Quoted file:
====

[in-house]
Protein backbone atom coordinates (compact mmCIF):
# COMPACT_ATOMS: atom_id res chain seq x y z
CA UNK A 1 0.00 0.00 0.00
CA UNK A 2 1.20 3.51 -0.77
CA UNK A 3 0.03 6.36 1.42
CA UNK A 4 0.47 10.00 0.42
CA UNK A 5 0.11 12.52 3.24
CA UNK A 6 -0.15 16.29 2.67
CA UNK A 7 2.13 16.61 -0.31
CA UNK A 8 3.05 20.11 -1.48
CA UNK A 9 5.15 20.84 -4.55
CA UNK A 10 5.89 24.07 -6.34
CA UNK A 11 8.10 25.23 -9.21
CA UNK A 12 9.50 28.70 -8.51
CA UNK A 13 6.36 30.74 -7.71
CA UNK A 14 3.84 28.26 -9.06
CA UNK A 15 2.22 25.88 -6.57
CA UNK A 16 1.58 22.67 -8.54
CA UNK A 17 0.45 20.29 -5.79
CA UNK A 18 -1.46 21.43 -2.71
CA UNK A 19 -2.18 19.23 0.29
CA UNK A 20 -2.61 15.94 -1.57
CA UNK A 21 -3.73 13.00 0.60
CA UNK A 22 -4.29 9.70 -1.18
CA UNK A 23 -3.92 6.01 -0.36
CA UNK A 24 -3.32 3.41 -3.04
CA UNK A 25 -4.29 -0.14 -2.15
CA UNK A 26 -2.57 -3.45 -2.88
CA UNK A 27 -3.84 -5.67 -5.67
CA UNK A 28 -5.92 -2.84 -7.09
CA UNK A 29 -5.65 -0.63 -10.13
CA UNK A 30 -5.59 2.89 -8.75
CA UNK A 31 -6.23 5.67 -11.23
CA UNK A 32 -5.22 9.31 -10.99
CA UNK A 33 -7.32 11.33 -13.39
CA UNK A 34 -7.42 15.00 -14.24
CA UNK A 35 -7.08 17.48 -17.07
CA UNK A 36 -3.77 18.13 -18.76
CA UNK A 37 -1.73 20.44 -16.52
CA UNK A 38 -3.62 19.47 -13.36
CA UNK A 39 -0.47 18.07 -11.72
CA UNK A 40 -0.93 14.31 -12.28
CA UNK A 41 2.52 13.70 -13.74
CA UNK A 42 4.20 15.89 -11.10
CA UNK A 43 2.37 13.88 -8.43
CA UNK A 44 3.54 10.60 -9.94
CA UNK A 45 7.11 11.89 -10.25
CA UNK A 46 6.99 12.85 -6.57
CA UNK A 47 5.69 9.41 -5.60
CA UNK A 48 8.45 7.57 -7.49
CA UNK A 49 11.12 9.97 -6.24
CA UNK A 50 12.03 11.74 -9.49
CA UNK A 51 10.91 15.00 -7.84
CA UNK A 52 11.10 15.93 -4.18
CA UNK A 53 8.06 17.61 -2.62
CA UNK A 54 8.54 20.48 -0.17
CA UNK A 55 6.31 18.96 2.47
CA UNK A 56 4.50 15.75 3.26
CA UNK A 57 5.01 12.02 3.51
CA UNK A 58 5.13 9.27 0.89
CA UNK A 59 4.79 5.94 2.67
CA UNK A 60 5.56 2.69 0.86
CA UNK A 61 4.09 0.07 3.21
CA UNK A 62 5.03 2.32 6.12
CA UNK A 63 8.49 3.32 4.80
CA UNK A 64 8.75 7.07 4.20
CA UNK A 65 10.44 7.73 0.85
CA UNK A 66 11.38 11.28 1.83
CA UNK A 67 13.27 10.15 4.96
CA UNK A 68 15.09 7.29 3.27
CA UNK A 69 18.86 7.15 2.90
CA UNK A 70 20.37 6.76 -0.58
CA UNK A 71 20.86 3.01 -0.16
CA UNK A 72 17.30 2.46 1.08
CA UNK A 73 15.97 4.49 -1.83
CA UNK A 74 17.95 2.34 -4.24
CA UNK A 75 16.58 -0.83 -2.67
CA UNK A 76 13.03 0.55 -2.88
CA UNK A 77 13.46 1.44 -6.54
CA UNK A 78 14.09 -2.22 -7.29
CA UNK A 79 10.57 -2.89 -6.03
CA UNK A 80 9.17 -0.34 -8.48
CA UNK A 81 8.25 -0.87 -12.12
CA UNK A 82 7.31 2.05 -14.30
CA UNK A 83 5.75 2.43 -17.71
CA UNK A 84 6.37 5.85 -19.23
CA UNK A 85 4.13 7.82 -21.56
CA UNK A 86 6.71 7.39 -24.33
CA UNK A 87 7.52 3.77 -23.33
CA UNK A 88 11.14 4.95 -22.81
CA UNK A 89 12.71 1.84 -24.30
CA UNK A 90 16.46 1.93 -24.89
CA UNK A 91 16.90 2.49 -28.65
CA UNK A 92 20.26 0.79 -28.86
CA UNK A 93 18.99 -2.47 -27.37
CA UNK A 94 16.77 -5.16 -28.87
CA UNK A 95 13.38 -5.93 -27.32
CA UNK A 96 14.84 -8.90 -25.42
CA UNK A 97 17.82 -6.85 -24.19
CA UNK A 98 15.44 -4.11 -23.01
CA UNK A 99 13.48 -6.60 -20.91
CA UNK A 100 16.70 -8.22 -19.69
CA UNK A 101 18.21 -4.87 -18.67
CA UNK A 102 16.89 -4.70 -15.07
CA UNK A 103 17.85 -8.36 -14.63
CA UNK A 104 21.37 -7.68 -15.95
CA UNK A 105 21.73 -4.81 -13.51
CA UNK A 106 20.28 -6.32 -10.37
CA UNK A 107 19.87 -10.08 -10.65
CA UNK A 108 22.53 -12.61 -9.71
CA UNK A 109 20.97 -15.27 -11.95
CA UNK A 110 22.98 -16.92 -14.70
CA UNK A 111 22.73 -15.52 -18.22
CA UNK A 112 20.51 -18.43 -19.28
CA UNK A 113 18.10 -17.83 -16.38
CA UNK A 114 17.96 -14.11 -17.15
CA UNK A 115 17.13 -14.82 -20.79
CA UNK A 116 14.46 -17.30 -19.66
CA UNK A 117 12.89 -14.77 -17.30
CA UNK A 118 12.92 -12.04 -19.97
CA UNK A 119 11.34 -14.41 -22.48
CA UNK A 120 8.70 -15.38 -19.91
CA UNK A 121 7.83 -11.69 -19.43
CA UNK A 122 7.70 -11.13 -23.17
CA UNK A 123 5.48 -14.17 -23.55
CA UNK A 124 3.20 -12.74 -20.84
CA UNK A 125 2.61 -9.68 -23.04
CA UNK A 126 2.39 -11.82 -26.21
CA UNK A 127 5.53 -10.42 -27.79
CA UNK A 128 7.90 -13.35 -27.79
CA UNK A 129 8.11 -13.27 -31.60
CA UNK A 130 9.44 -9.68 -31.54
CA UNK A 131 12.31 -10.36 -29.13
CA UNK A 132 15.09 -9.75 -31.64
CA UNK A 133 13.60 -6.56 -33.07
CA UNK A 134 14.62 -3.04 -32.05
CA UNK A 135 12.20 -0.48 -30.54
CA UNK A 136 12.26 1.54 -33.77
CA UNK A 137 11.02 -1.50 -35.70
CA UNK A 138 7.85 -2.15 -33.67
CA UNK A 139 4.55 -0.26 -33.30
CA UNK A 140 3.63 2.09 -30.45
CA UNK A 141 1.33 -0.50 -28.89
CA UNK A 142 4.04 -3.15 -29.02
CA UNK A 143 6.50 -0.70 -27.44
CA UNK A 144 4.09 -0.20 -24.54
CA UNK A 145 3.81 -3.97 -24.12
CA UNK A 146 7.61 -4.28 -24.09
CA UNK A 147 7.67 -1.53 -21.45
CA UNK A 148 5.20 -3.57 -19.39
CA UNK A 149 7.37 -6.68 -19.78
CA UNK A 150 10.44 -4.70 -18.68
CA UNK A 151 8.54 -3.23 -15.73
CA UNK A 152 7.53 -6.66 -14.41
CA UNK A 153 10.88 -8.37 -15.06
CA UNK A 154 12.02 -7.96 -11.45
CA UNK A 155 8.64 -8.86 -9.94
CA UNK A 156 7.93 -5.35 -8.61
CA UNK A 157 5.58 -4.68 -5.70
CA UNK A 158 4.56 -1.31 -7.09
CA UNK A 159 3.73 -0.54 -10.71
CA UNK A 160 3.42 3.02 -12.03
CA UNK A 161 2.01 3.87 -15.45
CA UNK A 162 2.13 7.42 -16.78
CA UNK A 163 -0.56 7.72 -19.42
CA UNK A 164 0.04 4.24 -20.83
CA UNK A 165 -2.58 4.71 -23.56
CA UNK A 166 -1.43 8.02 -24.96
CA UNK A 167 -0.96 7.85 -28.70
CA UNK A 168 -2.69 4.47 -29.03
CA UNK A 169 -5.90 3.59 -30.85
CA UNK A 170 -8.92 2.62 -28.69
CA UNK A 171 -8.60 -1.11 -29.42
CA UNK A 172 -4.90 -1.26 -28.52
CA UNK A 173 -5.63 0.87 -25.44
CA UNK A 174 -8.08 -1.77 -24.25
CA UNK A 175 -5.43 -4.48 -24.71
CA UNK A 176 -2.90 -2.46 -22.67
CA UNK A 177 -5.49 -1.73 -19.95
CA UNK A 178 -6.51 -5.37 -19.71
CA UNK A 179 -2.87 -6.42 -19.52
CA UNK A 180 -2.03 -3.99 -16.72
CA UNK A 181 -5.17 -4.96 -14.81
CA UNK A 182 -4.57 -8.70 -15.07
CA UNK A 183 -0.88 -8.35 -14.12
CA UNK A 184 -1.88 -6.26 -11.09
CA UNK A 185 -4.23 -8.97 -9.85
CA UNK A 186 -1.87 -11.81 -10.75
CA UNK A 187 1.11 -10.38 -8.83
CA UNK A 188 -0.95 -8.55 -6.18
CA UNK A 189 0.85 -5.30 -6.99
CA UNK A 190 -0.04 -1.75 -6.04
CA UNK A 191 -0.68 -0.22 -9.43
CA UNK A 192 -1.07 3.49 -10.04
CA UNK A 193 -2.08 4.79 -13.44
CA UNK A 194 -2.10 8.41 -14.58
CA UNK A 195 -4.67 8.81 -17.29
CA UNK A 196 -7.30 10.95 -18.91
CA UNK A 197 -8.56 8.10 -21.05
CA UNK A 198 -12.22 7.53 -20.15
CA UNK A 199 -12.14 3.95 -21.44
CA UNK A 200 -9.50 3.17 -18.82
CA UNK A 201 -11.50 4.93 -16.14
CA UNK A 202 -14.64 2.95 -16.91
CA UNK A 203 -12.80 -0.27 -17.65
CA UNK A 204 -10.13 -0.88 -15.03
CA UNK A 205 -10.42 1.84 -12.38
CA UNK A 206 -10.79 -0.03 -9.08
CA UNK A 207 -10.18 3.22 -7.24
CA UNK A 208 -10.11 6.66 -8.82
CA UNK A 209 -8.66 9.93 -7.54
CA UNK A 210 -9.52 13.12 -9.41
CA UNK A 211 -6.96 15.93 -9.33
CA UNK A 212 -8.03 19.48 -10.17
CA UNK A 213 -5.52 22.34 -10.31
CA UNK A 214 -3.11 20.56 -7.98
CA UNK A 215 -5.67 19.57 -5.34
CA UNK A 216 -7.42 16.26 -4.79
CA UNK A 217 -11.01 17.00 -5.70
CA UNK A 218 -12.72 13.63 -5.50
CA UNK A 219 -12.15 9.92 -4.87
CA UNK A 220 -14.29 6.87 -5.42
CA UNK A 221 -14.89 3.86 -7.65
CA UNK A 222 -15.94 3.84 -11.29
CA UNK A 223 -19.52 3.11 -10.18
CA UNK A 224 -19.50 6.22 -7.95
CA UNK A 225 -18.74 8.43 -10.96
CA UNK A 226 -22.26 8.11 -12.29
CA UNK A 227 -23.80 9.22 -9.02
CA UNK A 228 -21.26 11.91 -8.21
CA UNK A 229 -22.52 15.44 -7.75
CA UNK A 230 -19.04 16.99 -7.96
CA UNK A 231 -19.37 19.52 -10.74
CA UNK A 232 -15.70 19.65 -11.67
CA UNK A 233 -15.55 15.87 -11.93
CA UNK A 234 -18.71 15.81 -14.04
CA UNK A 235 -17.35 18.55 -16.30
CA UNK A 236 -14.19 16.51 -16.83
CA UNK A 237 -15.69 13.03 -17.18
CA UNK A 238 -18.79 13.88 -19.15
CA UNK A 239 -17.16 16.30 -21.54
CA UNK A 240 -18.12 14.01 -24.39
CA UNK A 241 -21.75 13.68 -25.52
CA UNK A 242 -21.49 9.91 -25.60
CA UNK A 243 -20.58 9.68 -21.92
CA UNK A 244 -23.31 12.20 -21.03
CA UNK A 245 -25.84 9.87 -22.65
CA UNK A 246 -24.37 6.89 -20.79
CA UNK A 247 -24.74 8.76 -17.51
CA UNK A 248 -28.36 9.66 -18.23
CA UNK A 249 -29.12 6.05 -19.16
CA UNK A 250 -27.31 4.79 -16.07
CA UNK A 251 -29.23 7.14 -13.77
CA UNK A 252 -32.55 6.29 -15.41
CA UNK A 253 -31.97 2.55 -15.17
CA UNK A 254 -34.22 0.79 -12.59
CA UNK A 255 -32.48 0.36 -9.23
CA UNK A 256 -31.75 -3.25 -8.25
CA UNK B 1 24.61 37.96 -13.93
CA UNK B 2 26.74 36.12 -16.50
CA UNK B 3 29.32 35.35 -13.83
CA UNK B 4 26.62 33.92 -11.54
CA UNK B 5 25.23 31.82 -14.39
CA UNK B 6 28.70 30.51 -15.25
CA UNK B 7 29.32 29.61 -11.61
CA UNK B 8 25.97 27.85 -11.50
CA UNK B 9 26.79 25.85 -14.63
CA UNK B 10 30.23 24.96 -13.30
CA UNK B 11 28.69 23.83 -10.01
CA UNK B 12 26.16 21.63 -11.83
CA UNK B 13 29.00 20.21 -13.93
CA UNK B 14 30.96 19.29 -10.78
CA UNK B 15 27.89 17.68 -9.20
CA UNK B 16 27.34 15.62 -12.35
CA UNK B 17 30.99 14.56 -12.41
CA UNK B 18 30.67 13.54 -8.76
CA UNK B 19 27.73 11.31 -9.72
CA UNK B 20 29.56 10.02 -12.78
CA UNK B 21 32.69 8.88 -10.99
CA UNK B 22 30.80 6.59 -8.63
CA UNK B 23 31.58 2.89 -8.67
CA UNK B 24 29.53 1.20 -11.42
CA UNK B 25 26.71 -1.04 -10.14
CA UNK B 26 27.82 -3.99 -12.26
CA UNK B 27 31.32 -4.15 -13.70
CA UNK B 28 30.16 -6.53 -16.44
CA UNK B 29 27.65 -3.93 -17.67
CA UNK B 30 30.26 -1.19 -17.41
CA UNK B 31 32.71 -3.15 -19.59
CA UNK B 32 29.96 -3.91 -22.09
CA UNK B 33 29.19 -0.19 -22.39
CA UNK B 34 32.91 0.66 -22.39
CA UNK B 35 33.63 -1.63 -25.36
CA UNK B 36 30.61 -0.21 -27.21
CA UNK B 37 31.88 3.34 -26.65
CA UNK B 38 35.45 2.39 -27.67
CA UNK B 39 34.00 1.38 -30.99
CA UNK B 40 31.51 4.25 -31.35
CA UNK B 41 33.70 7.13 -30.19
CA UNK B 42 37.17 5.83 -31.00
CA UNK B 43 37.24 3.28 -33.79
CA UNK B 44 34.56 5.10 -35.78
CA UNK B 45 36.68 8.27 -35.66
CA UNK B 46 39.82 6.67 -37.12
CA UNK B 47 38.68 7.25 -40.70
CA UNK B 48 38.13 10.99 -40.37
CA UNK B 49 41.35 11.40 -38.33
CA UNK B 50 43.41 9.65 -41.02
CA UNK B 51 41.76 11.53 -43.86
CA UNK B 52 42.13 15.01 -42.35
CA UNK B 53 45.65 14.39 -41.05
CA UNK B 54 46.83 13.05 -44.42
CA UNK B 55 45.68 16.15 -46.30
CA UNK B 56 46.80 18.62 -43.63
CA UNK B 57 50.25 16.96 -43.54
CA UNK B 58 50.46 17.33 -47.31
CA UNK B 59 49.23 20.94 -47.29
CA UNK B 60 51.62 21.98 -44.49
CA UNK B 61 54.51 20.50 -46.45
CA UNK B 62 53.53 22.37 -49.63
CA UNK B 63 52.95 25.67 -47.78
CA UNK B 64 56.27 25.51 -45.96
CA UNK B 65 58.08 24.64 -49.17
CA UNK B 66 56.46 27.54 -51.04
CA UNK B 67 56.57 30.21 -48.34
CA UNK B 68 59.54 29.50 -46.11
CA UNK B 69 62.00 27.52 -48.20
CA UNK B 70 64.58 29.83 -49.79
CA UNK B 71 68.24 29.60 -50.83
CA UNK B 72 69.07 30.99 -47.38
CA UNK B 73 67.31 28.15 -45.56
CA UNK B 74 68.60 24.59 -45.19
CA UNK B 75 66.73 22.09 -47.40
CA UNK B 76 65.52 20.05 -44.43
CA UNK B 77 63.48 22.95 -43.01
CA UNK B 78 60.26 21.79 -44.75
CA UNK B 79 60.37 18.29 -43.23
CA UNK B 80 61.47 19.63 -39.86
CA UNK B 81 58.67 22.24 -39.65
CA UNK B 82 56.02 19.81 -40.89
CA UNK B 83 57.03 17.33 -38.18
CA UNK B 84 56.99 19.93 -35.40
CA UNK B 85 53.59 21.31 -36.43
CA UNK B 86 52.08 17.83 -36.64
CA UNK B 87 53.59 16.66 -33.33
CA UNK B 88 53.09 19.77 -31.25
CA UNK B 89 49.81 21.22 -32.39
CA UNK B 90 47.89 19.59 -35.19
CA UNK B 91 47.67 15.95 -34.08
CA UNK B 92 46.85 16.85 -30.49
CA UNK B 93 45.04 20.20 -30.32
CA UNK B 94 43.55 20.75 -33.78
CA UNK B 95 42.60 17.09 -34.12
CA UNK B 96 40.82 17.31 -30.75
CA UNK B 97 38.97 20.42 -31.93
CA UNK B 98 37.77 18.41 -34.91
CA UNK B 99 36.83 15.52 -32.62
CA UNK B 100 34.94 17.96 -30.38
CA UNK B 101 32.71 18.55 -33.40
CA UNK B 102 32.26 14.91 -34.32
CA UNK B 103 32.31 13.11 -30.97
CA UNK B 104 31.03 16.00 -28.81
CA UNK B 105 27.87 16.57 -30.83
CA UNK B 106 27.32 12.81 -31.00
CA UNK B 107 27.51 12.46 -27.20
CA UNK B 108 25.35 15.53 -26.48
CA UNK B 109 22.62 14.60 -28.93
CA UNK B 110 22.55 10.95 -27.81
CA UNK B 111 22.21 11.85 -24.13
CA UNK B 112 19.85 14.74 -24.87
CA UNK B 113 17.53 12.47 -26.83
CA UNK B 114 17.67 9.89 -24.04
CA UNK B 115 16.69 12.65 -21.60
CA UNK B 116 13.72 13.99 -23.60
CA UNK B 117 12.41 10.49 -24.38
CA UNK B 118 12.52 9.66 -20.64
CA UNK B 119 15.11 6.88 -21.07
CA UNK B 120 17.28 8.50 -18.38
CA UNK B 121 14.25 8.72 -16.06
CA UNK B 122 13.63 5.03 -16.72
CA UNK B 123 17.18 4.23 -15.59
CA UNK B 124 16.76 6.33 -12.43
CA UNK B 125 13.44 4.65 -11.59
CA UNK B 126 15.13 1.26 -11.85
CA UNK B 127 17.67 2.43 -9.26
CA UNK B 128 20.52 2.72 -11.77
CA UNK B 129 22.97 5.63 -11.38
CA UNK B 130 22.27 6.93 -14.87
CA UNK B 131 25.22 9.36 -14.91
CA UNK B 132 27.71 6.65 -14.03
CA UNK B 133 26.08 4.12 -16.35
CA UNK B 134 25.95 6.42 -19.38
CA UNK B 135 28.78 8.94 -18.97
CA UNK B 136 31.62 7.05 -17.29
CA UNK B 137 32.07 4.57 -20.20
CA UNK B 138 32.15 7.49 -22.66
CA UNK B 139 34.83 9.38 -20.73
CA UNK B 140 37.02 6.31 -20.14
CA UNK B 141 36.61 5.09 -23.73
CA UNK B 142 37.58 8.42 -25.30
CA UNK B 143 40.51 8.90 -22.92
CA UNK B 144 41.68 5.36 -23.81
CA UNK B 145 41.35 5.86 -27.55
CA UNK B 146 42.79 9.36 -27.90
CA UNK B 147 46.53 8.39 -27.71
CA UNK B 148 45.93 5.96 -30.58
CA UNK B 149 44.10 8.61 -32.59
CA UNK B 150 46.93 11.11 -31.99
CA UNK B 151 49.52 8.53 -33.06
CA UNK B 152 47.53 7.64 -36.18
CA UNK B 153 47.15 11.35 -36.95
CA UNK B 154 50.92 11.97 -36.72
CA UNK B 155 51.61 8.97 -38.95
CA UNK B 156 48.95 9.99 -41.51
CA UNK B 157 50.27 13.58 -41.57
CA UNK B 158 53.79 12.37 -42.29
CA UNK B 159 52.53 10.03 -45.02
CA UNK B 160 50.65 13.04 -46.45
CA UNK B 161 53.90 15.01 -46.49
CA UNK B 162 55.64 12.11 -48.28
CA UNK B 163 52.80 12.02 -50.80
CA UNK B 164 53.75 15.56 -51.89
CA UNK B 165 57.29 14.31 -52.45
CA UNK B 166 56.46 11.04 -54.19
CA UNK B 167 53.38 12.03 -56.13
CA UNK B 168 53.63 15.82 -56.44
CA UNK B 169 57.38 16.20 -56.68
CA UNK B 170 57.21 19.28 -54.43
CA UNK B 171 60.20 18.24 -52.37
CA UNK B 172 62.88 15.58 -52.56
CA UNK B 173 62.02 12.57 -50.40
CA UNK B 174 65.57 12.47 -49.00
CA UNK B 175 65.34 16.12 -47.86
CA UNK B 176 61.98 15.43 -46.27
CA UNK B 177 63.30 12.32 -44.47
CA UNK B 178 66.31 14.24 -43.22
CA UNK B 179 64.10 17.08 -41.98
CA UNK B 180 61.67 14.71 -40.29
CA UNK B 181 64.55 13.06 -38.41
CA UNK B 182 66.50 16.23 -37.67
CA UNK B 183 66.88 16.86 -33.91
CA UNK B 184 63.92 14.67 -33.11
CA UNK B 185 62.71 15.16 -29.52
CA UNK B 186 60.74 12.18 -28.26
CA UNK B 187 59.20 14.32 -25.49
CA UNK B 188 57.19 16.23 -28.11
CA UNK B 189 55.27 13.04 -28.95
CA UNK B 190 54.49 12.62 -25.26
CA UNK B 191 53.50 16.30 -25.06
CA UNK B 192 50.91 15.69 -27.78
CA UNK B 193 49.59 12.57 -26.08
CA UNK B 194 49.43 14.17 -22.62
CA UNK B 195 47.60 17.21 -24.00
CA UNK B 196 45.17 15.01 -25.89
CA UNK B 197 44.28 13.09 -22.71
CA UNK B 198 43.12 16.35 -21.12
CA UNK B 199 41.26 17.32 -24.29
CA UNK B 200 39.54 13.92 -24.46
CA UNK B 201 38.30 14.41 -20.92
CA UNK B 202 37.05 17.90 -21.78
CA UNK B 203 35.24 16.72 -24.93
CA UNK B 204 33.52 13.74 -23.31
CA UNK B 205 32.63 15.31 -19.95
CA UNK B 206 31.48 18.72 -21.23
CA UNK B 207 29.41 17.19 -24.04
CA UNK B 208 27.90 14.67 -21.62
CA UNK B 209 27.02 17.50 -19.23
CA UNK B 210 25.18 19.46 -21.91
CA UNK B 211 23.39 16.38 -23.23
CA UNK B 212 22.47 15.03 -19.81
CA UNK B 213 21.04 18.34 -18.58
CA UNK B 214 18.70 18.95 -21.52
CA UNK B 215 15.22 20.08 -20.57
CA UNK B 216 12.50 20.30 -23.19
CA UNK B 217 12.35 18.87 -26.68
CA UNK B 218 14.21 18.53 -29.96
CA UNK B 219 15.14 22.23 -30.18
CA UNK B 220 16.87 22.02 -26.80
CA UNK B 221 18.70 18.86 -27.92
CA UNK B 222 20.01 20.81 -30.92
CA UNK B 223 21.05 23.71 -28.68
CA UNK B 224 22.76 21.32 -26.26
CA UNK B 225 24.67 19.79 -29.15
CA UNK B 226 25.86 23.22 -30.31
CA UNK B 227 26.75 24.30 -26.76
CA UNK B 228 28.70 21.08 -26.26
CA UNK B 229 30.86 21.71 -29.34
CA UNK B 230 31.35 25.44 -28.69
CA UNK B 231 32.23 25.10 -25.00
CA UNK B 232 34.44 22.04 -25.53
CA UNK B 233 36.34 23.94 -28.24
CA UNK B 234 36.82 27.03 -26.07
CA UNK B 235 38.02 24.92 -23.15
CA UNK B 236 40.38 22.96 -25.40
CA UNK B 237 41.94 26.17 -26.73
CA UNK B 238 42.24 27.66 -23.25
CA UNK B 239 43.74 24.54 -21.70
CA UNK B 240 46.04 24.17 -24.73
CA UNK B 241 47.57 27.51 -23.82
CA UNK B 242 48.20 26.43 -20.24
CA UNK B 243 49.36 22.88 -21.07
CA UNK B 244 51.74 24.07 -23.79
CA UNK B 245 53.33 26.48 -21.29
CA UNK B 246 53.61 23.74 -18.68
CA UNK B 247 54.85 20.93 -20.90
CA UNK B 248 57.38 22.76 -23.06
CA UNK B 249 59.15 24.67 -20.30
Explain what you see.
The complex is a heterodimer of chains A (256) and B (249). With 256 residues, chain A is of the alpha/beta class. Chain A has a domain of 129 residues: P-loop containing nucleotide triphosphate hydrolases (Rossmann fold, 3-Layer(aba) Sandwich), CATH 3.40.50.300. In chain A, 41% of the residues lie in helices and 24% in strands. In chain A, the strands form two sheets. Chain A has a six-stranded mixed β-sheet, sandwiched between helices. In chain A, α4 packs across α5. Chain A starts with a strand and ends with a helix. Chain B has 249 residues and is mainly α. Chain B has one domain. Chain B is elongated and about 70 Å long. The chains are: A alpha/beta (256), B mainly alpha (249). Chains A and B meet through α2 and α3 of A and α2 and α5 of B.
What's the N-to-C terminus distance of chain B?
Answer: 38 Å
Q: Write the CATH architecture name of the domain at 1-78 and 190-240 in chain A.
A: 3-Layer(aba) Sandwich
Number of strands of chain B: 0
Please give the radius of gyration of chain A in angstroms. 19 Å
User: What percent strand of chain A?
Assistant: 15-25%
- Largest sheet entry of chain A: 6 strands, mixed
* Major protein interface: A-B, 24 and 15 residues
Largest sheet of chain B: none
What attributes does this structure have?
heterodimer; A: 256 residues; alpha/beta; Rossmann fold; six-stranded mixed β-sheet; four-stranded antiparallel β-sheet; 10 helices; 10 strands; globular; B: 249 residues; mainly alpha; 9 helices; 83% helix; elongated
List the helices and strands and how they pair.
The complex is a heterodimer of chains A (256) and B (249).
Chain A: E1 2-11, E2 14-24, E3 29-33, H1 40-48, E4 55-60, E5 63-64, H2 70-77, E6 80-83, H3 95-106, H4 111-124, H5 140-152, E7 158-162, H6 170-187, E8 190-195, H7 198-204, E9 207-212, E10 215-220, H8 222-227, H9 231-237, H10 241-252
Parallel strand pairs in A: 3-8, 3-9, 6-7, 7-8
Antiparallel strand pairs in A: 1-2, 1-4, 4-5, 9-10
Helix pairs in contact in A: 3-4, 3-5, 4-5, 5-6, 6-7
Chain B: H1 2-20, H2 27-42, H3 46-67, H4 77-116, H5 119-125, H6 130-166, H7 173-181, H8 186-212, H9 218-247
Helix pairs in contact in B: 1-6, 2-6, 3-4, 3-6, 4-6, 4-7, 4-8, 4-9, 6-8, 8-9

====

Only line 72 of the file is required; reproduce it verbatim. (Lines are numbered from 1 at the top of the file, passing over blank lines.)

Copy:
CA UNK A 69 18.86 7.15 2.90